But the fact is, growing old in America is expensive. The bills don’t stop coming when you retire, and most older people are living on limited, fixed incomes. I know that from my time as the co-director of the Oregon Gray Panthers. I worked with a lot of older people who had to stretch every last penny, and even then, it was a struggle to cover the basics.

So a lot of American seniors will eventually spend down their savings. And when it comes time to pay for long term care, like nursing home and home-based care, Medicaid steps up. It is the guaranteed backstop that protects people in old age. And colleagues, I don’t want to undersell how much that means to people in Oregon and across the country. Medicaid is the barrier that keeps millions of seniors from falling into isolation and utter destitution.

There was a time in this country when seniors were cast aside, relegated to poor farms and almshouses. The wealthiest nation on earth said goodbye to that era with the creation of Social Security, Medicare and Medicaid.

But under the Republican health care plan, Medicaid would be slashed so deeply, states will be forced into cutting benefits. Seniors could be nickel and dimed for basic, everyday services. Nursing homes could be shuttered, home-based care that allows seniors to live independently could be no more. Seniors could be out on the street.

So in my view, Americans are owed answers to key questions about this Republican plan. First, how are families supposed to support their loved ones if they lose the guarantee of Medicaid? One year in a nursing home costs more than $90,000 on average. That’s two or three times the cost of a year of college tuition.

Are families going to be forced into choosing between educating their kids and supporting their elderly parents? Is it going to become a fact of life for working Americans that they have to cram two, three, or four generations of one family into the same house, simply because they can’t afford nursing home care?

Second, what’s the backup plan for vulnerable, isolated seniors, particularly those who live in rural areas? I recently held a series of eight health care roundtables in rural communities across Oregon, most recently in Pendleton and Condon. And the message I heard from health care providers throughout rural Oregon was that the Trumpcare cuts could hit seniors in those areas especially hard.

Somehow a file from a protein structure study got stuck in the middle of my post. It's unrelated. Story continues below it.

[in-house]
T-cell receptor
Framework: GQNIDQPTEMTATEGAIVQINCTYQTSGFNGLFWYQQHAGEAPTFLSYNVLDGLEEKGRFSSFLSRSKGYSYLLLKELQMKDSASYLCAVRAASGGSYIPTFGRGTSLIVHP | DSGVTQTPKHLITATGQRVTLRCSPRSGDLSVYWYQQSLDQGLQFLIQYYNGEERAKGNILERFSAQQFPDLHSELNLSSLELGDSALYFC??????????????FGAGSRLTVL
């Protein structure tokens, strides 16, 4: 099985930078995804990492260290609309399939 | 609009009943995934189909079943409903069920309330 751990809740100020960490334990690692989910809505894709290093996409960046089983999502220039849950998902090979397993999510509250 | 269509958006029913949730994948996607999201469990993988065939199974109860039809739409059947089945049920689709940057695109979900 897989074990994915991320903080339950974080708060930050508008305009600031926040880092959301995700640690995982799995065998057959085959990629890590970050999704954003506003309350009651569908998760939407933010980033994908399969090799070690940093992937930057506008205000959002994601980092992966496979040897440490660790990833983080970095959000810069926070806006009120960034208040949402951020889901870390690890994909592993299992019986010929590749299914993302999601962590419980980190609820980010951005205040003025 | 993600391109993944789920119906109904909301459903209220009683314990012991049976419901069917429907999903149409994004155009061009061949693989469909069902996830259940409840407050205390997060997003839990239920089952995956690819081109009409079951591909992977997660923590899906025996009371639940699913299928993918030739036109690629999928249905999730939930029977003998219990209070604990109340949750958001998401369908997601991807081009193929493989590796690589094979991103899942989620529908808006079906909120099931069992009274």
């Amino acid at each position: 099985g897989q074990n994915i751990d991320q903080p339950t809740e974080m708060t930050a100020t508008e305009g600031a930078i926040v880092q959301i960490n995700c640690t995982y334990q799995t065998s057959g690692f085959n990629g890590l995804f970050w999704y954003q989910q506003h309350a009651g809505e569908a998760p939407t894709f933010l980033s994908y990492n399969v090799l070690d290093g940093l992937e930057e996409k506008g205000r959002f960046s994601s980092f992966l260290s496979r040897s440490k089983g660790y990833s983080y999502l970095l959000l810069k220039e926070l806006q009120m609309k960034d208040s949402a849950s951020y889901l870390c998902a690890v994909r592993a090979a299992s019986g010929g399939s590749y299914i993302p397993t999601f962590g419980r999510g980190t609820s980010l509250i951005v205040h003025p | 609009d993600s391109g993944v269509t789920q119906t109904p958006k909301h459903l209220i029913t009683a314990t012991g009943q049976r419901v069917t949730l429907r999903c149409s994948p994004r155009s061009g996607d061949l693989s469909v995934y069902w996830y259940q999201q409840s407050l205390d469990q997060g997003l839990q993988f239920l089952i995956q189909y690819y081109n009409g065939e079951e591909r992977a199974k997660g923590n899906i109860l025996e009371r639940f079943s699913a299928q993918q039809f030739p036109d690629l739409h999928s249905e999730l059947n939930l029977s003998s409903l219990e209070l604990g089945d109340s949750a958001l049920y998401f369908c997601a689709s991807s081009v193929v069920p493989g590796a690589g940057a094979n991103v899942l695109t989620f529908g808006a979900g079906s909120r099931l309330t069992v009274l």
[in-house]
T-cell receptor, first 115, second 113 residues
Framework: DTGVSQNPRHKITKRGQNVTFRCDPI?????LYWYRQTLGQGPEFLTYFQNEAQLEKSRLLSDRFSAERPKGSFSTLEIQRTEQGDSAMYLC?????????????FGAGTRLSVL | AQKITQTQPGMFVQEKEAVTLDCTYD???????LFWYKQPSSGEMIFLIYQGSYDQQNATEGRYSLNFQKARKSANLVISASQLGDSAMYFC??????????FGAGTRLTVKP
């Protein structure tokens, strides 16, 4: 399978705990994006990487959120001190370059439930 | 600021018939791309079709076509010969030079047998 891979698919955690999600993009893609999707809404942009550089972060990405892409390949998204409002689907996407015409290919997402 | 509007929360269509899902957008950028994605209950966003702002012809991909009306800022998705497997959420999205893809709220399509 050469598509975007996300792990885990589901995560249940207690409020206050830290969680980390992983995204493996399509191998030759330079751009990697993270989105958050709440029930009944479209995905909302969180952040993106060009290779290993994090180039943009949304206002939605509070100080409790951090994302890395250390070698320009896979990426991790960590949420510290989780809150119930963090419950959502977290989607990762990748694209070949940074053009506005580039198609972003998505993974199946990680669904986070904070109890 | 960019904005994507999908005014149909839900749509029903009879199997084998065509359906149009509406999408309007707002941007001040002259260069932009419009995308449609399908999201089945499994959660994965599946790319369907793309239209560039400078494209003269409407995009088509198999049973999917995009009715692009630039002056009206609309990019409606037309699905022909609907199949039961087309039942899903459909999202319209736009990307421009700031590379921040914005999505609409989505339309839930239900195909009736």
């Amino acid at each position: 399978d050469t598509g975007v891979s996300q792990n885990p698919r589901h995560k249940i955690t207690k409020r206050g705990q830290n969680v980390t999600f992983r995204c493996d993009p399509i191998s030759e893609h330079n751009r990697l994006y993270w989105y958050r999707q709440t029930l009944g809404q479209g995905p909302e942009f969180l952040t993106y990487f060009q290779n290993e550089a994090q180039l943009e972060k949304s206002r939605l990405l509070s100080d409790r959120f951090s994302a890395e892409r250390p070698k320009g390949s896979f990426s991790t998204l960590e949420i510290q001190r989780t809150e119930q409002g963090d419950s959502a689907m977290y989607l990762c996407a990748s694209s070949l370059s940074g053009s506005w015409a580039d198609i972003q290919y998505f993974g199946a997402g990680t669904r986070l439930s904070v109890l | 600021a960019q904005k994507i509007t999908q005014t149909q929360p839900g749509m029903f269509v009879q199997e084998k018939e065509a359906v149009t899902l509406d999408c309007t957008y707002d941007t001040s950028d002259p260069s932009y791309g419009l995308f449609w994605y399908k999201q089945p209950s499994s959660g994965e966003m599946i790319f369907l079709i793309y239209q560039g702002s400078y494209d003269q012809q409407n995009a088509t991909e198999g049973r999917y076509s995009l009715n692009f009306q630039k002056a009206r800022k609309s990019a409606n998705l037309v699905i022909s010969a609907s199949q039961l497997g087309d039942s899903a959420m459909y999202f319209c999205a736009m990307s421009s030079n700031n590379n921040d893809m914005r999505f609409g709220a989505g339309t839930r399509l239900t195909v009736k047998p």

Seniors in rural communities have higher rates of chronic illness like heart disease and diabetes. The health care they need requires more attention and more service. They count on getting top-notch care in nursing homes and from home-based providers. Losing these benefits could mean being alone in a home that’s unsafe, cut off from the care and connection they need.

Colleagues, in the last few weeks of this debate, I’ve heard members flatly deny that gutting Medicaid by more than $800 billion will mean anybody loses access to health care services. That is simply untrue. Anybody who says they can slash our health care programs by close to a trillion dollars without having any negative impact on health care is dead wrong.

And furthermore, let’s recognize what the end goal of this debate appears to be. My Republican colleagues haven’t put forward a proposal to protect seniors who can’t get the Medicaid nursing home care they need or kids with disabilities who lose the services they depend on. What Republicans have on offer is not a plan that swaps one vision of health care for another. These massive cuts to Medicaid and other health programs are going to pay for equally massive tax cuts for the wealthy.

Members of this body will have to decide whether it’s worth gutting Medicaid and endangering the essential care like the nursing home care and important home-based services to pay for these tax cuts. In my view it’s an easy choice. My colleagues on the other side ought to drop this partisan approach that’s heading toward reconciliation.

At a minimum, the majority party ought to bring this process out from behind closed doors. There should be hearings convened in the Finance Committee and the other committees of jurisdiction as there were again and again in 2008 and 2009.

This debate should be held out in the open, the legislation should be written in the light of day, and the public ought to have ample time to review it before it goes up for a single vote, either in committee or here on the floor.

The Senate should be tackling this country’s health care challenges on a bipartisan basis. My Democratic colleagues and I want to work across the aisle to inject more competition into the insurance markets. We want to work together on bringing down prescription drug prices. But reconciliation is the partisan path, and these devastating cuts to Medicaid are a non-starter. I urge my colleagues to abandon this approach and work on a bipartisan basis instead. And I urge the public to make their voices heard.